What is Decision Theory?

Michael Anissimov

Decision theory is an interdisciplinary area of study that concerns mathematicians, statisticians, economists, philosophers, managers, politicians, psychologists and anyone else interested in analyses of decisions and their consequences. The basic formalism of decision theory is the payoff table, which maps mutually exclusive decisions to mutually exclusive states of nature. For example, "Decision X leads to Outcome Y", "Decision Y leads to Outcome Z", and so on. When the set of outcomes corresponding to any given decision is not known, we refer to this situation as decision under uncertainty, the field of study which dominates decision theory.

Woman holding a book
Woman holding a book

Outcomes in decision theory are usually assigned utility values. For example, from the point of view of a military planner, the death of 1000 men on the battlefield might be assigned a negative utility of 1000, and the death of 500 a negative utility of 500. Possible outcomes in a decision theory problem may be positive, negative or both. Utility assignments can be arbitrary and based on the opinions of the decision maker -- for example, the death of 1000 men might be assigned greater than twice the negative utility of the death of 500 men.

The expected utility of a decision is computed as the sum of the probability of each possible outcome multiplied by the utility of each outcome. For example, making a given decision might lead to positive utility 100 with a probability of 75%, and a negative utility of 40 with probability 25%. 75% times 100 equals positive 75. 25% times -40 equals -10. 75 minus 10 gives 65, meaning the overall expected utility of the decision is 65.

Obviously, such quantitative precision is only possible in problems in which all the numbers and probabilities are known ahead of time. This is true in certain gambling problems, like poker. Decision theory provides a number of suggestions for how to estimate complex probabilities under uncertainty, most of which are derived from Bayesian inference.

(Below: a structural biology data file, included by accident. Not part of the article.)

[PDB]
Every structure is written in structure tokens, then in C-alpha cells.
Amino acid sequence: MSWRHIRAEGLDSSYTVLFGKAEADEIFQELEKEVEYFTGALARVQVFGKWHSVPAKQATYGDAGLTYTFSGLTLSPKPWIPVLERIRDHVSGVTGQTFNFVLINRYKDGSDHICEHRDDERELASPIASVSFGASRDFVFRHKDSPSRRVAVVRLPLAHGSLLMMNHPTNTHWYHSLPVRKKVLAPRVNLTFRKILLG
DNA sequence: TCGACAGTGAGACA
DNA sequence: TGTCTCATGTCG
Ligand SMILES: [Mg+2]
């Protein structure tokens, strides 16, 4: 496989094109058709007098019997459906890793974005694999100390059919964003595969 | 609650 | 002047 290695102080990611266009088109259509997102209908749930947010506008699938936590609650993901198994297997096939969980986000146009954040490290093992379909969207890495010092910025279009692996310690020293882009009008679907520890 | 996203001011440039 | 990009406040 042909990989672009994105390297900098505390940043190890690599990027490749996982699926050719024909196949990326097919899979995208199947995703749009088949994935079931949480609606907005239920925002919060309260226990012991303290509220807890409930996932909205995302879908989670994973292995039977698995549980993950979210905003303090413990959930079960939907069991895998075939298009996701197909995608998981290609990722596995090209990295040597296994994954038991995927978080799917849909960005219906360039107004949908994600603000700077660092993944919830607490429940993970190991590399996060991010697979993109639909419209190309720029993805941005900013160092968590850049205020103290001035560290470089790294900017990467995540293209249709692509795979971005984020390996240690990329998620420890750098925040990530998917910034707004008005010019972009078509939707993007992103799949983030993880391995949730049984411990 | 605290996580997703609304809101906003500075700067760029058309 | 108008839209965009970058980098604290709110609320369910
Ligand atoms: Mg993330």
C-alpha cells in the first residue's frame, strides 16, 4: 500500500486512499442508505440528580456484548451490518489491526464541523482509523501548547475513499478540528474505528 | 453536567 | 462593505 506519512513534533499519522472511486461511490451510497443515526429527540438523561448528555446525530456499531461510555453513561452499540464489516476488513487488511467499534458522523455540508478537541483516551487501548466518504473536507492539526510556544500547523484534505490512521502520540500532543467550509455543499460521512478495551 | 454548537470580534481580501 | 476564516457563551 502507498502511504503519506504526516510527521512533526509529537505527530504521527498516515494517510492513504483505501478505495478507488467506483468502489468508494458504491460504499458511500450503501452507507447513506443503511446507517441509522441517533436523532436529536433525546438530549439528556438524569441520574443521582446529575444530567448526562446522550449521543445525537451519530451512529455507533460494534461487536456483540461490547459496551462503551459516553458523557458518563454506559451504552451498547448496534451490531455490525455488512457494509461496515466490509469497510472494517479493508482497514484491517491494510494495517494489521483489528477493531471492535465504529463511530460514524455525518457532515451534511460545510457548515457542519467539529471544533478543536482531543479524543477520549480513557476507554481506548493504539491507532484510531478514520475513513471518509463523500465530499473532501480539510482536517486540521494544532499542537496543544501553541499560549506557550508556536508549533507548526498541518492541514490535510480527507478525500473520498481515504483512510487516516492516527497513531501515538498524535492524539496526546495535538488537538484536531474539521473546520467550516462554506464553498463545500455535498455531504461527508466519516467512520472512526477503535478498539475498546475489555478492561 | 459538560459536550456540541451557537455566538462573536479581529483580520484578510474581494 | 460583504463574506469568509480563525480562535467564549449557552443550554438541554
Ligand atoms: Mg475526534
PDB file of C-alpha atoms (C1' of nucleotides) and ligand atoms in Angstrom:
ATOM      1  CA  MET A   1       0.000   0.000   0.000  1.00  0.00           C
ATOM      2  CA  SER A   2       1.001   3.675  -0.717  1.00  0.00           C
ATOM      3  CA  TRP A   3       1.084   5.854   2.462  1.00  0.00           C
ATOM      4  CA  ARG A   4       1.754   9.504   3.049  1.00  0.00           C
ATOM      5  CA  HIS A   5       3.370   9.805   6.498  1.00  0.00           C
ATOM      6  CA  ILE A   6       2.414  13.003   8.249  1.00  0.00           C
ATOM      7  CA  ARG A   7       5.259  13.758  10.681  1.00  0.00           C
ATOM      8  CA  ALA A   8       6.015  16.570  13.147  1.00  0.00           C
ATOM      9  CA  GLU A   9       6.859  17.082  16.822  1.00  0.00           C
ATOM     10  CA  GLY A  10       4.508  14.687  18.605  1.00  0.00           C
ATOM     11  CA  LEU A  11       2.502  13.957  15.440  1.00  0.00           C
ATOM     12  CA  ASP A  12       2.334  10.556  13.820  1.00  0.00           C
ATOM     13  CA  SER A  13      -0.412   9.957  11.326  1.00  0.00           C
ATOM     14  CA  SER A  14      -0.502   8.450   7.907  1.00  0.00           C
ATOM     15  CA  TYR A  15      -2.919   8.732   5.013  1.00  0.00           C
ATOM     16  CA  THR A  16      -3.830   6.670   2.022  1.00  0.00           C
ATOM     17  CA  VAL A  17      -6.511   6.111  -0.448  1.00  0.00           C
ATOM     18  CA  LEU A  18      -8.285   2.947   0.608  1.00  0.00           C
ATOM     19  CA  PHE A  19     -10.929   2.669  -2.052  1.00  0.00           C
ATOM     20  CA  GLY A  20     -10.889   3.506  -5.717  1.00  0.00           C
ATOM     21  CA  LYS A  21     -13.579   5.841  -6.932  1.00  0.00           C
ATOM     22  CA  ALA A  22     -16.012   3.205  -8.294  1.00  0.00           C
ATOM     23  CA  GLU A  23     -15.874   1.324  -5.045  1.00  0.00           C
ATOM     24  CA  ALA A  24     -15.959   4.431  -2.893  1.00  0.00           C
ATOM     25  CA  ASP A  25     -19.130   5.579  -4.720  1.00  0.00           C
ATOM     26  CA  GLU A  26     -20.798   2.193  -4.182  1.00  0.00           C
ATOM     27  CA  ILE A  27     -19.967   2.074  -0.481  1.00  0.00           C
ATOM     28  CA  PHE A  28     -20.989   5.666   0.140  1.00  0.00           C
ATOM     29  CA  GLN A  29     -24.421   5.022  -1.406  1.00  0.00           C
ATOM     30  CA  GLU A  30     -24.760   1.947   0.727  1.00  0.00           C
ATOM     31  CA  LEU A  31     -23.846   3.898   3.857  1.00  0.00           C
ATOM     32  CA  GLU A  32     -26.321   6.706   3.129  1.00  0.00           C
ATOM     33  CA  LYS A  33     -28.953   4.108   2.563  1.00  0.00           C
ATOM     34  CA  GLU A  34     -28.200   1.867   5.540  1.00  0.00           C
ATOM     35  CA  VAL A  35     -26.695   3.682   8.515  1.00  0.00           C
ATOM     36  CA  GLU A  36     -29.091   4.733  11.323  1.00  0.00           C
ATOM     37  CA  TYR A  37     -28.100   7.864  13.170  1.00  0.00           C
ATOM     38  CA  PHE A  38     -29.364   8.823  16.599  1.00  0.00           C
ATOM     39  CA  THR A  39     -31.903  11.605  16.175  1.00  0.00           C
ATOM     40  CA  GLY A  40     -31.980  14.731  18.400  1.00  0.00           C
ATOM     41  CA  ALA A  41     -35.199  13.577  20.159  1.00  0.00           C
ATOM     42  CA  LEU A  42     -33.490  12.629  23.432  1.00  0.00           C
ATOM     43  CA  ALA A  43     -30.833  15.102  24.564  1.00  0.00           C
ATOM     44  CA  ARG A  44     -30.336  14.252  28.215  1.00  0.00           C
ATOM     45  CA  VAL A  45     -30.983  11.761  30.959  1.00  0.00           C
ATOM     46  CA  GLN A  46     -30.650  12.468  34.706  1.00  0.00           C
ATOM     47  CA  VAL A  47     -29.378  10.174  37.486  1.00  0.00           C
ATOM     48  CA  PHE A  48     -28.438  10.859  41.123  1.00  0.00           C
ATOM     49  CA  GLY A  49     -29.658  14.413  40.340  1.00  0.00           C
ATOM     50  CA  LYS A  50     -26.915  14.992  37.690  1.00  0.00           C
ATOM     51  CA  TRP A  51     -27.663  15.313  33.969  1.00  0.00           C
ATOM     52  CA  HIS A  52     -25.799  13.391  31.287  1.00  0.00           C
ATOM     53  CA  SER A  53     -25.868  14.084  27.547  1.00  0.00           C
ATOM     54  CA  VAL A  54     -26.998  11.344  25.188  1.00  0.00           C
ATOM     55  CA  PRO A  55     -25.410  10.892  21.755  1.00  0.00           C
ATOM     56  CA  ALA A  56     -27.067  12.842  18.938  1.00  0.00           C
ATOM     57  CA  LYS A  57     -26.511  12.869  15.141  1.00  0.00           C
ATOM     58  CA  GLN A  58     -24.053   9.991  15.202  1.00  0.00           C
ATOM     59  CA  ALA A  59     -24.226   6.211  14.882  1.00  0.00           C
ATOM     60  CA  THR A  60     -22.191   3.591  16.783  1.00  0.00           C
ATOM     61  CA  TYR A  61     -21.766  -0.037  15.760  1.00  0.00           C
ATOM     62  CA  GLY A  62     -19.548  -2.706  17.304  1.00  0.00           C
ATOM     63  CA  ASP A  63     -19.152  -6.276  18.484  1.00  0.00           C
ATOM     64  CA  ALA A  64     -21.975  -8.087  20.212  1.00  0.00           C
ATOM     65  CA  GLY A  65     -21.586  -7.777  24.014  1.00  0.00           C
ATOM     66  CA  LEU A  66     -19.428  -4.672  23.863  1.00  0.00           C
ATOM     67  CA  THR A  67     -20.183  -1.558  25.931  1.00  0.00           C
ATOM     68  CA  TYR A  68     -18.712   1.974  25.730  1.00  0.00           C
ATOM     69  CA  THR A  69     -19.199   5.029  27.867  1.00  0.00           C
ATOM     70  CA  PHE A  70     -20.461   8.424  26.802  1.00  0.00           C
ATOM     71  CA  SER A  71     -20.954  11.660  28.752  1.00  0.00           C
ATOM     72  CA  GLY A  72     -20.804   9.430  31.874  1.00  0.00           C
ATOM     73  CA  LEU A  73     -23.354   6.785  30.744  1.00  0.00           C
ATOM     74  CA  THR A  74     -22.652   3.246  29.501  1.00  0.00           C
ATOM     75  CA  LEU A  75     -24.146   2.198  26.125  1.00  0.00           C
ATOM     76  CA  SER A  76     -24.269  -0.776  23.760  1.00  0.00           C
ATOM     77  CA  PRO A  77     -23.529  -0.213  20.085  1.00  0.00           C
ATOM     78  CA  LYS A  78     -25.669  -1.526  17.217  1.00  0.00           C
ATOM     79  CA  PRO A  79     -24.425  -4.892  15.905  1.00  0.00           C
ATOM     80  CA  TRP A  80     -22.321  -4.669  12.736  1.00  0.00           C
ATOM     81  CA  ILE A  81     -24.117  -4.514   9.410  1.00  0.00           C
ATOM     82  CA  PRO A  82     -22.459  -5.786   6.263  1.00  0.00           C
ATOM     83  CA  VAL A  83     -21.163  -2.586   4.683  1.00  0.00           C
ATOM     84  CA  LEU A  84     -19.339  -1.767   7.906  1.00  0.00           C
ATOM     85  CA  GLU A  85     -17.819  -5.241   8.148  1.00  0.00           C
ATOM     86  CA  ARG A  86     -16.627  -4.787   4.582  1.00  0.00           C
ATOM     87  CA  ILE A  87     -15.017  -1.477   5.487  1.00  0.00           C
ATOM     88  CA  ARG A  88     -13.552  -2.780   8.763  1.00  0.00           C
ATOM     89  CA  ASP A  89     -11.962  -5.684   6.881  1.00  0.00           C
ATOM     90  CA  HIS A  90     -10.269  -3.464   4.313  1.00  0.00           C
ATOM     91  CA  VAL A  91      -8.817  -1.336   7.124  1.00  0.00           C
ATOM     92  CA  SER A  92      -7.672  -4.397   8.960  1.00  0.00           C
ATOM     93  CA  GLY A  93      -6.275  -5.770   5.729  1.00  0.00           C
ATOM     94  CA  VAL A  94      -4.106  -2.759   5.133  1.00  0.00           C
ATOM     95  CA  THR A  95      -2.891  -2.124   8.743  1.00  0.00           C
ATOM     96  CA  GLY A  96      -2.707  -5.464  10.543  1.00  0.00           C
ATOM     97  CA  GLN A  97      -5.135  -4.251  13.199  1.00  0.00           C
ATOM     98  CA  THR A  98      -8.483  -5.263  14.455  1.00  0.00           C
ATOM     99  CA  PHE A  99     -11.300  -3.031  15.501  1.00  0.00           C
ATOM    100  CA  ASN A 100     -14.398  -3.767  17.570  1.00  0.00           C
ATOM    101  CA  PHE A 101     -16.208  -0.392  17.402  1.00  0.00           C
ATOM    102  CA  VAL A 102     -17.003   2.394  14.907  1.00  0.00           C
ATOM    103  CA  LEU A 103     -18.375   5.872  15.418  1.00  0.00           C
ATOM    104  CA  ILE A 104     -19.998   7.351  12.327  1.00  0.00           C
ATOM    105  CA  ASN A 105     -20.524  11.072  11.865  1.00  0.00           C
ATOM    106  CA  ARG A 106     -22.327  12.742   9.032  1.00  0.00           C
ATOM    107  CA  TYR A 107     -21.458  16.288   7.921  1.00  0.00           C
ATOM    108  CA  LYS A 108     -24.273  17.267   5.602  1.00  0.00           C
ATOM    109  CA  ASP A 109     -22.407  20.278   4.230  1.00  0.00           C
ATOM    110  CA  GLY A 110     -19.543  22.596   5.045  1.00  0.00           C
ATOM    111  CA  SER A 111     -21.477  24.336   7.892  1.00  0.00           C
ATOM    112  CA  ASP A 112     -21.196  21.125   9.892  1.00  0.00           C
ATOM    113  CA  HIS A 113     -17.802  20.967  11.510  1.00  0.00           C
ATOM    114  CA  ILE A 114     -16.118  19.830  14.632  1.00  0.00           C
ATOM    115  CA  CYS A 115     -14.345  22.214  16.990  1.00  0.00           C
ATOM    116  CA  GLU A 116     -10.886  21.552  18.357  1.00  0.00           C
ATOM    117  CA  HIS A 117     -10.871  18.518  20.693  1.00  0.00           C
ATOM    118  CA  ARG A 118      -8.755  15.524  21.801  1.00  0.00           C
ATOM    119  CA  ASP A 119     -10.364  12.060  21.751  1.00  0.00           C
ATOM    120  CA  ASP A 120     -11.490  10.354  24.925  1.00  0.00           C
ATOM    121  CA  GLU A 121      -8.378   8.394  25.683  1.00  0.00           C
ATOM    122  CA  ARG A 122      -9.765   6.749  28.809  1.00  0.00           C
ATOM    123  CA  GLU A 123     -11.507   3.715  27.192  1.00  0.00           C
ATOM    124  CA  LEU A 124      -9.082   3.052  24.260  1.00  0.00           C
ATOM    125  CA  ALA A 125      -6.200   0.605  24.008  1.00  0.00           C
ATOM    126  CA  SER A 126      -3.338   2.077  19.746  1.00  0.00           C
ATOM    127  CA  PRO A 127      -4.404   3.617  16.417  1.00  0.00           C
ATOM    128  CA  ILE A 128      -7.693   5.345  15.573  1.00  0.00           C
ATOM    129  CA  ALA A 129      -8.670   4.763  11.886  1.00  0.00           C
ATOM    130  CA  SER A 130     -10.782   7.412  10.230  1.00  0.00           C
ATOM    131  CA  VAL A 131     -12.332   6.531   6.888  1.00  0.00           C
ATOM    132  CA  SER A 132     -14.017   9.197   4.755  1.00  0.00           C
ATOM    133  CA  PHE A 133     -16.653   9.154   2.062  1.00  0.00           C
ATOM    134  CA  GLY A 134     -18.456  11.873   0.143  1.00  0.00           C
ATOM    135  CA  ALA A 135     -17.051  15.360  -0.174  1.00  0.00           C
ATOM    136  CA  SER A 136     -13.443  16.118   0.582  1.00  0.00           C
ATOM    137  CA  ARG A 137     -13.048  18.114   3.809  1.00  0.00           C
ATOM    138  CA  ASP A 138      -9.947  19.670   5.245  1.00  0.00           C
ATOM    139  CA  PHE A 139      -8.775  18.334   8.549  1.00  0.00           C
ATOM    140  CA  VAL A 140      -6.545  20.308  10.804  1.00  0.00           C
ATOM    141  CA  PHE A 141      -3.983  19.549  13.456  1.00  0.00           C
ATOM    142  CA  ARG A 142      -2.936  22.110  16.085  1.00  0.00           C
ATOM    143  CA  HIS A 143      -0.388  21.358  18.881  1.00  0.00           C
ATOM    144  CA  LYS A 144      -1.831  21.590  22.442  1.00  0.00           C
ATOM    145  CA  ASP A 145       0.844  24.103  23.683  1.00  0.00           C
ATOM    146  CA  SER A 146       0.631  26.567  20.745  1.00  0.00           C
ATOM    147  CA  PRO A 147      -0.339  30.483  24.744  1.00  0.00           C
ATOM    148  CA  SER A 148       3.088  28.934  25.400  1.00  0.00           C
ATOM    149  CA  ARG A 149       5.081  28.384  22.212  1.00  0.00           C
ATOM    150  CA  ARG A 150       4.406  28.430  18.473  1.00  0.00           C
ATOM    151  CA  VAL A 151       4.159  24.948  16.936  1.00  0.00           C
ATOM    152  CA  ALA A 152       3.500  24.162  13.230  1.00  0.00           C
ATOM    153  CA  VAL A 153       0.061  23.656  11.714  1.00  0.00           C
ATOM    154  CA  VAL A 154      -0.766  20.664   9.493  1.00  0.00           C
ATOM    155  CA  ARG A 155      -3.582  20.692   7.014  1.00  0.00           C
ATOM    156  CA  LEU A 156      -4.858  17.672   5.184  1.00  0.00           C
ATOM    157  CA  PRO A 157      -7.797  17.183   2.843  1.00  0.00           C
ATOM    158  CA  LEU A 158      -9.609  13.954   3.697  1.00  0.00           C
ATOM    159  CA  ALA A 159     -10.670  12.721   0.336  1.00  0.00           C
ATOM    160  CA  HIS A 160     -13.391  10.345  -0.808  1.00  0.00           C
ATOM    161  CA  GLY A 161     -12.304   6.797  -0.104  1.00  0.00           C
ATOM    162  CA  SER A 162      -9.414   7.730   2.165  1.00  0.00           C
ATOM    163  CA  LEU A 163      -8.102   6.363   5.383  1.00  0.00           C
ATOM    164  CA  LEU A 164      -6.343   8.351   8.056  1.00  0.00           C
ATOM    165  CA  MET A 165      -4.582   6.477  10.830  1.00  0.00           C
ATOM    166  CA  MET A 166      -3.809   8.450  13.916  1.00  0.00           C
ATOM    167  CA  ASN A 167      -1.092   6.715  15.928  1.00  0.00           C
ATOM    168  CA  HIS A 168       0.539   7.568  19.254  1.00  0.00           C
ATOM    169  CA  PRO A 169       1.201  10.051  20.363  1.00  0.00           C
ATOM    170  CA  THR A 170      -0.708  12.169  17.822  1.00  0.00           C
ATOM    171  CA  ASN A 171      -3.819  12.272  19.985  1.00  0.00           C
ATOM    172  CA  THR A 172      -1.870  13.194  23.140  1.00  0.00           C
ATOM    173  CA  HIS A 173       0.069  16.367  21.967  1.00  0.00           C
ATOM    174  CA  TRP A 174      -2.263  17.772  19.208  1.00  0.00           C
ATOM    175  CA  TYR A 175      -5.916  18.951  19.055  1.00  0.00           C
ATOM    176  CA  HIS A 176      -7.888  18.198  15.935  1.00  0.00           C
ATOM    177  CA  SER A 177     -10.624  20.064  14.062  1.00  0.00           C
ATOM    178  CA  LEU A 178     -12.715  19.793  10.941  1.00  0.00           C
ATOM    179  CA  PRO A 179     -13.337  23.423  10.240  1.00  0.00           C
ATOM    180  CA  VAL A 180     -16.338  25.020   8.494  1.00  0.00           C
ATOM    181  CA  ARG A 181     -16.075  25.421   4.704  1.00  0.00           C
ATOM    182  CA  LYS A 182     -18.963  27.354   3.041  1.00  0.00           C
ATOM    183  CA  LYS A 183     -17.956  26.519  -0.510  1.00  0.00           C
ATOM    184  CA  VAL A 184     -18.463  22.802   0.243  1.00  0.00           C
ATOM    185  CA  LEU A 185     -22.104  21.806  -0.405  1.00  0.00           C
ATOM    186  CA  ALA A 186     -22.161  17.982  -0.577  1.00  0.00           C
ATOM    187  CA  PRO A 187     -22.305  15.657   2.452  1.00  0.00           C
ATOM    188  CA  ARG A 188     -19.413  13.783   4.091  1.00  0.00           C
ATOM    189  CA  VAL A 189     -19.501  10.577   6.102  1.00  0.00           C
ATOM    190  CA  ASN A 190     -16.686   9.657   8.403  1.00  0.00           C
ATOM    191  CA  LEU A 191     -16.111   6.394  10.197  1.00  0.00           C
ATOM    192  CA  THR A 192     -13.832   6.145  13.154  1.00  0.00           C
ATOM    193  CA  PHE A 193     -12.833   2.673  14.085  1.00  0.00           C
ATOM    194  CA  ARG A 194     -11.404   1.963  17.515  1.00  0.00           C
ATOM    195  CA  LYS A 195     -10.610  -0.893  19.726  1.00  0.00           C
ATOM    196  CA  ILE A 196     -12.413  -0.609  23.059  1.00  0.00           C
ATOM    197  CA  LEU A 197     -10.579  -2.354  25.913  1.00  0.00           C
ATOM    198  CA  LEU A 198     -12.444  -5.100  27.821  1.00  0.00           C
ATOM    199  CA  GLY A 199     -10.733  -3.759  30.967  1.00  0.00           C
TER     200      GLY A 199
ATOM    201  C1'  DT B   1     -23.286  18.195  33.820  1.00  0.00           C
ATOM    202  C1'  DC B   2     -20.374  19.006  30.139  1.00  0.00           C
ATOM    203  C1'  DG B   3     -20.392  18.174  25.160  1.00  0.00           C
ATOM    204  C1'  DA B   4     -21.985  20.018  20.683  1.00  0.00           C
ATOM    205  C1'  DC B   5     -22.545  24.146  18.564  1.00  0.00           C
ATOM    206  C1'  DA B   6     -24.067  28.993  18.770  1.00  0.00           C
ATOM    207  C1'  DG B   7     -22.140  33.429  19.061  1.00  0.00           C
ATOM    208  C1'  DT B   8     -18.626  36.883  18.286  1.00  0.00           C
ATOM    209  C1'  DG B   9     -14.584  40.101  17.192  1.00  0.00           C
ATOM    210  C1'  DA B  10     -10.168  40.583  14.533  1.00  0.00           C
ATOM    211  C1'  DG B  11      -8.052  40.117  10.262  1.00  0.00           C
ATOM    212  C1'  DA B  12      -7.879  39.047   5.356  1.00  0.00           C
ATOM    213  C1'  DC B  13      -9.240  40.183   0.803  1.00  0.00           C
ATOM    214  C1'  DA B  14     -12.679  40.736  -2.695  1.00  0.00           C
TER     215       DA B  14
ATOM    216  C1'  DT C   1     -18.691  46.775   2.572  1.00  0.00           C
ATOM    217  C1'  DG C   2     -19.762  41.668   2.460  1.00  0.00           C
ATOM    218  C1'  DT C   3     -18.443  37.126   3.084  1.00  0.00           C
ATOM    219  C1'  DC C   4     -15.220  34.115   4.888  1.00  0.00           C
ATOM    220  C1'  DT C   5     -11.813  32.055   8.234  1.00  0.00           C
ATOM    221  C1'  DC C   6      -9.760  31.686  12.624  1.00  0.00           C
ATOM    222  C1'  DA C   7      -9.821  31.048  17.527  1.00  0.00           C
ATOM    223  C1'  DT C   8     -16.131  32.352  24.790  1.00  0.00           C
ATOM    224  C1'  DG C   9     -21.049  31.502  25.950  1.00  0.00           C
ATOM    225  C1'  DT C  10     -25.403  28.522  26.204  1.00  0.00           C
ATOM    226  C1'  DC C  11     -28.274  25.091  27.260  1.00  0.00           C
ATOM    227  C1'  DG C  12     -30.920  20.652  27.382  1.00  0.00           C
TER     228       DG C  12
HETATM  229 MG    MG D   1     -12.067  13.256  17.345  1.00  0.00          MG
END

Decision theory can be normative or descriptive. Normative decision theory refers to theories about how we should make decisions if we want to maximize expected utility. Descriptive decision theory refers to theories about how we actually make decisions. Descriptive decision theories are complex, often unnecessarily so, and they help teach us the ways in which human decisions systematically go wrong. This connects to the related field of heuristics and biases, which has come into great vogue in the field of economics within the last decade.

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Discussion Comments


Value in decision making is ultimately assigned according to what the people involved find to be of worth. If the only criterion is money, then the decision will reflect an interest in money. If the decisions are selfish, than the decisions will reflect "what's best for me." Ultimately, the decisions which provide the longest contentment are those which are made for the sake of others, and for something bigger than oneself.



I think there was more to this book than just that last sentence you mentioned there. It is important that we recognize that we can easily be bound by our own expectations, and even by our expectations of what "free choice" looks like. We live in an economy that exploits our feelings of entitlement and greatness, and this is ultimately what ruins us: an obsession with the self.


In his "The Paradox of Choice: Why More is Less," Barry Schwartz stipulates the fact that "freedom of choice" and decision making in the American economy has led to so many discontented people. It is ironic how we value our own free will and yet are so discontent with our own decisions. The only way to be sure that we are truly making the right decisions in any given situation would be to see the future. We can't do that, so maybe we should be content with our state.


Making goals and decisions measurable is an important part of weighing which decision to make. Assigning values to certain outcomes makes the process of decision making easy. The most common way to assign values to decisions is to predict the likely monetary gain which can come as a result of a given decision.

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